Antimalarial efficacy of hydroxyethylapoquinine (SN-119) and its derivatives

Natalie G. Sanders, David J Meyers, David J Sullivan

Research output: Contribution to journalArticle

Abstract

Quinine and other cinchona-derived alkaloids, although recently supplanted by the artemisinins (ARTs), continue to be important for treatment of severe malaria. Quinine and quinidine have narrow therapeutic indices, and a safer quinine analog is desirable, particularly with the continued threat of antimalarial drug resistance. Hydroxyethylapoquinine (HEAQ), used at 8 g a day for dosing in humans in the 1930s and halving mortality from bacterial pneumonias, was shown to cure bird malaria in the 1940s and was also reported as treatment for human malaria cases. Here we describe synthesis of HEAQ and its novel stereoisomer hydroxyethylapoquinidine (HEAQD) along with two intermediates, hydroxyethylquinine (HEQ) and hydroxyethylquinidine (HEQD), and demonstrate comparable but elevated antimalarial 50% inhibitory concentrations (IC50) of 100 to 200 nM against Plasmodium falciparum quinine-sensitive strain 3D7 (IC50, 56 nM). Only HEAQD demonstrated activity against quinine-tolerant P. falciparum strains Dd2 and INDO with IC50s of 300 to 700 nM. HEQD had activity only against Dd2 with an IC50 of 313 nM. In the lethal mouse malaria model Plasmodium berghei ANKA, only HEQD had activity at 20 mg/kg of body weight comparable to that of the parent quinine or quinidine drugs measured by parasite inhibition and 30-day survival. In addition, HEQ, HEQD, and HEAQ (IC50>90 μM) have little to no human ether-à-go-go-related gene (hERG) channel inhibition expressed in CHO cells compared to HEAQD, quinine, and quinidine (hERG IC50s of 27, 42, and 4 μM, respectively). HEQD more closely resembled quinine in vitro and in vivo for Plasmodium inhibition and demonstrated little hERG channel inhibition, suggesting that further optimization and preclinical studies are warranted for this molecule.

Original languageEnglish (US)
Pages (from-to)820-827
Number of pages8
JournalAntimicrobial Agents and Chemotherapy
Volume58
Issue number2
DOIs
StatePublished - Feb 2014

Fingerprint

Quinine
Antimalarials
Inhibitory Concentration 50
Malaria
Quinidine
Ether
Plasmodium falciparum
Artemisinins
Cinchona Alkaloids
Genes
Bacterial Pneumonia
Plasmodium berghei
Stereoisomerism
Plasmodium
hydroxyethylapoquinine
CHO Cells
Drug Resistance
Birds
Parasites
Body Weight

ASJC Scopus subject areas

  • Pharmacology (medical)
  • Pharmacology
  • Infectious Diseases

Cite this

Antimalarial efficacy of hydroxyethylapoquinine (SN-119) and its derivatives. / Sanders, Natalie G.; Meyers, David J; Sullivan, David J.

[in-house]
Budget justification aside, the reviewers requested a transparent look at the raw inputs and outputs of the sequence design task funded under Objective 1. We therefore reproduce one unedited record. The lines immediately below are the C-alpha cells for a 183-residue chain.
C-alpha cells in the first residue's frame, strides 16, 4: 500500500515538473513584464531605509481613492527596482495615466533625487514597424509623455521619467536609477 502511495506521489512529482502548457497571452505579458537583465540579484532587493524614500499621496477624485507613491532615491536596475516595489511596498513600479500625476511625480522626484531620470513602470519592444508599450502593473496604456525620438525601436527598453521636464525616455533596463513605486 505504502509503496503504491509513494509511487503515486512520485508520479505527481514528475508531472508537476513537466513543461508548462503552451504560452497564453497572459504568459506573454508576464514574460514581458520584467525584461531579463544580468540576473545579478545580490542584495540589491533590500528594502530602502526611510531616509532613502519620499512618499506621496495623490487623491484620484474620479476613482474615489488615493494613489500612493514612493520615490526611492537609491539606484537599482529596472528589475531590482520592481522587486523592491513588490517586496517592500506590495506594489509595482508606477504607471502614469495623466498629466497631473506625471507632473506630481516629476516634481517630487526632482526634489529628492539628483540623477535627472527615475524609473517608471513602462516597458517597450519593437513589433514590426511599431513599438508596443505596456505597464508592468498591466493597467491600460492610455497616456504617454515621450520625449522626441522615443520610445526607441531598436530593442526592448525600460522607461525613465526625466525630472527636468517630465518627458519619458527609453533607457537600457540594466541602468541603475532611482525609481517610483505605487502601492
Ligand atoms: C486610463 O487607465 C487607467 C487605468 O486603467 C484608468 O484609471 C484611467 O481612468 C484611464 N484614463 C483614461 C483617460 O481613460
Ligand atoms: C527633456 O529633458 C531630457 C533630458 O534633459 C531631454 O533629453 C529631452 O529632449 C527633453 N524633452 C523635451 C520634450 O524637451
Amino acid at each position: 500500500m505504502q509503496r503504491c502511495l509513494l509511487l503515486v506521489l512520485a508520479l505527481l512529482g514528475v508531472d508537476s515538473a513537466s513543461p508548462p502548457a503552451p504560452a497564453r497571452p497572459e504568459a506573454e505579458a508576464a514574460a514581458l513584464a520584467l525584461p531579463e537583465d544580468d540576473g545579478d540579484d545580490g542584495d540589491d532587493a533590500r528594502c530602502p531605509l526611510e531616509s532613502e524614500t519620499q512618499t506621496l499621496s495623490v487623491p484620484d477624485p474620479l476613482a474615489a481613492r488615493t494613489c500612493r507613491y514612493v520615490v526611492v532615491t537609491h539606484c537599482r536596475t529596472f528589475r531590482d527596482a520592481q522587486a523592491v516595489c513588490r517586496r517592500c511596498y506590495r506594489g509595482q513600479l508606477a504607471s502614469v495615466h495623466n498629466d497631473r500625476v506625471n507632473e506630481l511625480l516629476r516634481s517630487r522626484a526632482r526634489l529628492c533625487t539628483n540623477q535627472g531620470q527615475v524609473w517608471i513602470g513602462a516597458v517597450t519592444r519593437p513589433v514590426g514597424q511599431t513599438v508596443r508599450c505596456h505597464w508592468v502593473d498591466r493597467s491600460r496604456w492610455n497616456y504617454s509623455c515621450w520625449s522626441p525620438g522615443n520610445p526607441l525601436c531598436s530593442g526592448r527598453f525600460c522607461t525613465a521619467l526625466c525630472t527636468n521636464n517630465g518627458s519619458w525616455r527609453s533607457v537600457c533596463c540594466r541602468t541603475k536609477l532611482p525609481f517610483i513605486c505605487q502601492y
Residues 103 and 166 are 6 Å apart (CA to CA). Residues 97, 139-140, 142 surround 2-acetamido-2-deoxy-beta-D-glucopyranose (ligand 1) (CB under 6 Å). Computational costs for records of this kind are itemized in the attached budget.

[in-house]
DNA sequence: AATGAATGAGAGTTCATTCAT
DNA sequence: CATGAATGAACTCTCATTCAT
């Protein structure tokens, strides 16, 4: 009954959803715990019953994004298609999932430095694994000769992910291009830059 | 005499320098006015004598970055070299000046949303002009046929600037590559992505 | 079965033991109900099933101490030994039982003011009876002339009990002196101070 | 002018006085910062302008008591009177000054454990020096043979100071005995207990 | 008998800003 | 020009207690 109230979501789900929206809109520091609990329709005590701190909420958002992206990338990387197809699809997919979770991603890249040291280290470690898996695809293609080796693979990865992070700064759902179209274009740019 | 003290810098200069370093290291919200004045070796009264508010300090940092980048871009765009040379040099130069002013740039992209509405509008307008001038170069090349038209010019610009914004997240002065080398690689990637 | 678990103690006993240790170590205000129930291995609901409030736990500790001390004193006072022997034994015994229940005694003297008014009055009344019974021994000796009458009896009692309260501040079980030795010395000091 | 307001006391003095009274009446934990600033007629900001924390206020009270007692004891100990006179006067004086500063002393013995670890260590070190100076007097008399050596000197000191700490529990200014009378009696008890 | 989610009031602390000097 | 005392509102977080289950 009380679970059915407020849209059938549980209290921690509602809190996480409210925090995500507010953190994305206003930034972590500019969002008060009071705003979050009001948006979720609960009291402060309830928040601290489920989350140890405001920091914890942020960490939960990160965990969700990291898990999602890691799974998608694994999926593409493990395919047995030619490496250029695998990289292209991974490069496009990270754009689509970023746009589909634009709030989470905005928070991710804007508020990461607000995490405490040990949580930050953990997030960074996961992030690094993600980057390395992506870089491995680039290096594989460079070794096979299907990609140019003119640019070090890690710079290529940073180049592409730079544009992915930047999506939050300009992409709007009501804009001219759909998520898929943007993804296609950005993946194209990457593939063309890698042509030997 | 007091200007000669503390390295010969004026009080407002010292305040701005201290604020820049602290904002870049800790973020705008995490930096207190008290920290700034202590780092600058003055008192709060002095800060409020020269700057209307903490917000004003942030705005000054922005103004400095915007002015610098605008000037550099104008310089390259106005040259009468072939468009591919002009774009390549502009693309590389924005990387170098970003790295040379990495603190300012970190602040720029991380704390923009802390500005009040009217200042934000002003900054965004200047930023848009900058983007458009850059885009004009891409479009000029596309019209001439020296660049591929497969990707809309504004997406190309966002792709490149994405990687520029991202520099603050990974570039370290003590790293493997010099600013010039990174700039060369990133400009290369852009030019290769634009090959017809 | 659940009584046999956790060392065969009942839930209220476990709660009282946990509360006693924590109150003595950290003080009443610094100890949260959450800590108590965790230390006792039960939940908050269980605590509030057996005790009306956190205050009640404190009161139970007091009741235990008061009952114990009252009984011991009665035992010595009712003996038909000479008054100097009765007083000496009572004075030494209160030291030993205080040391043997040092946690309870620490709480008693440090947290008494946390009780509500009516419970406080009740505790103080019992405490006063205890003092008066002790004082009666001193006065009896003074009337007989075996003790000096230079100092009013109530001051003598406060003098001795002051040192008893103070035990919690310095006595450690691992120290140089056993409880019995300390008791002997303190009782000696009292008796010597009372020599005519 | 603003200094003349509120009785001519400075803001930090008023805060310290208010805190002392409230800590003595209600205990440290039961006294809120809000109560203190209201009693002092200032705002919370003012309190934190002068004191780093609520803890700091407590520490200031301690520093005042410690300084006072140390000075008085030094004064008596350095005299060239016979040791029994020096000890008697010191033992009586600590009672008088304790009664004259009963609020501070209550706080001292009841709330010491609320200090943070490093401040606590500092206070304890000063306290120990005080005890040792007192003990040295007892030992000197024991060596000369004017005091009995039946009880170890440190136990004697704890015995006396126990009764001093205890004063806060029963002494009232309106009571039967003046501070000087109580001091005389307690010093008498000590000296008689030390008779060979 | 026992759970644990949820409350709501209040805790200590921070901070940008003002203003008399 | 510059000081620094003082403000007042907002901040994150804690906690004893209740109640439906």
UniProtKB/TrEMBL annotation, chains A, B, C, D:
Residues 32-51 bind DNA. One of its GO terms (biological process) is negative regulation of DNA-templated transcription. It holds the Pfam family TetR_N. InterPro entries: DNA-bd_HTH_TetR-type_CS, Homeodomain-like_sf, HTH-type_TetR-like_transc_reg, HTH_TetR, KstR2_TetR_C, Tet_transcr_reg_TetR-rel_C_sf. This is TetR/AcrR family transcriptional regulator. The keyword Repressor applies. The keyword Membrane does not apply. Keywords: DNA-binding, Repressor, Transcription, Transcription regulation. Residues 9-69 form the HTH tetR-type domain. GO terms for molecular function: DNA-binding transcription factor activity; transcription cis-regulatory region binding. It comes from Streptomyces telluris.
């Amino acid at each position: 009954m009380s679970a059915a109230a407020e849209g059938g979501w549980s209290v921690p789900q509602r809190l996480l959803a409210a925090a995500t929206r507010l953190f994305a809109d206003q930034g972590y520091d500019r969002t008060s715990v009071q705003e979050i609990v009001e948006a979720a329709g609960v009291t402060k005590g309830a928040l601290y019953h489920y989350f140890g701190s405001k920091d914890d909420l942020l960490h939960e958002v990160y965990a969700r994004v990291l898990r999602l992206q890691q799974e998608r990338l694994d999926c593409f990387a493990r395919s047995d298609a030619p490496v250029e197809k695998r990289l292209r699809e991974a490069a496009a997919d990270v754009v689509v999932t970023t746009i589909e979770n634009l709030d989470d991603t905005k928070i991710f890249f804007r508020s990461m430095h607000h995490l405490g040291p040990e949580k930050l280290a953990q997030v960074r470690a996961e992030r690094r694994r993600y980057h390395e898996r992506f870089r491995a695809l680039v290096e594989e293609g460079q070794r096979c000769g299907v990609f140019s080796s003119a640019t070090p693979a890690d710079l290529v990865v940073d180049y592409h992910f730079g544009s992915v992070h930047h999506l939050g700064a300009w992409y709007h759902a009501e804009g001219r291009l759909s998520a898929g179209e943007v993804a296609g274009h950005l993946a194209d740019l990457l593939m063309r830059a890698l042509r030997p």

In: Antimicrobial Agents and Chemotherapy, Vol. 58, No. 2, 02.2014, p. 820-827.

Research output: Contribution to journalArticle

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abstract = "Quinine and other cinchona-derived alkaloids, although recently supplanted by the artemisinins (ARTs), continue to be important for treatment of severe malaria. Quinine and quinidine have narrow therapeutic indices, and a safer quinine analog is desirable, particularly with the continued threat of antimalarial drug resistance. Hydroxyethylapoquinine (HEAQ), used at 8 g a day for dosing in humans in the 1930s and halving mortality from bacterial pneumonias, was shown to cure bird malaria in the 1940s and was also reported as treatment for human malaria cases. Here we describe synthesis of HEAQ and its novel stereoisomer hydroxyethylapoquinidine (HEAQD) along with two intermediates, hydroxyethylquinine (HEQ) and hydroxyethylquinidine (HEQD), and demonstrate comparable but elevated antimalarial 50{\%} inhibitory concentrations (IC50) of 100 to 200 nM against Plasmodium falciparum quinine-sensitive strain 3D7 (IC50, 56 nM). Only HEAQD demonstrated activity against quinine-tolerant P. falciparum strains Dd2 and INDO with IC50s of 300 to 700 nM. HEQD had activity only against Dd2 with an IC50 of 313 nM. In the lethal mouse malaria model Plasmodium berghei ANKA, only HEQD had activity at 20 mg/kg of body weight comparable to that of the parent quinine or quinidine drugs measured by parasite inhibition and 30-day survival. In addition, HEQ, HEQD, and HEAQ (IC50>90 μM) have little to no human ether-{\`a}-go-go-related gene (hERG) channel inhibition expressed in CHO cells compared to HEAQD, quinine, and quinidine (hERG IC50s of 27, 42, and 4 μM, respectively). HEQD more closely resembled quinine in vitro and in vivo for Plasmodium inhibition and demonstrated little hERG channel inhibition, suggesting that further optimization and preclinical studies are warranted for this molecule.",
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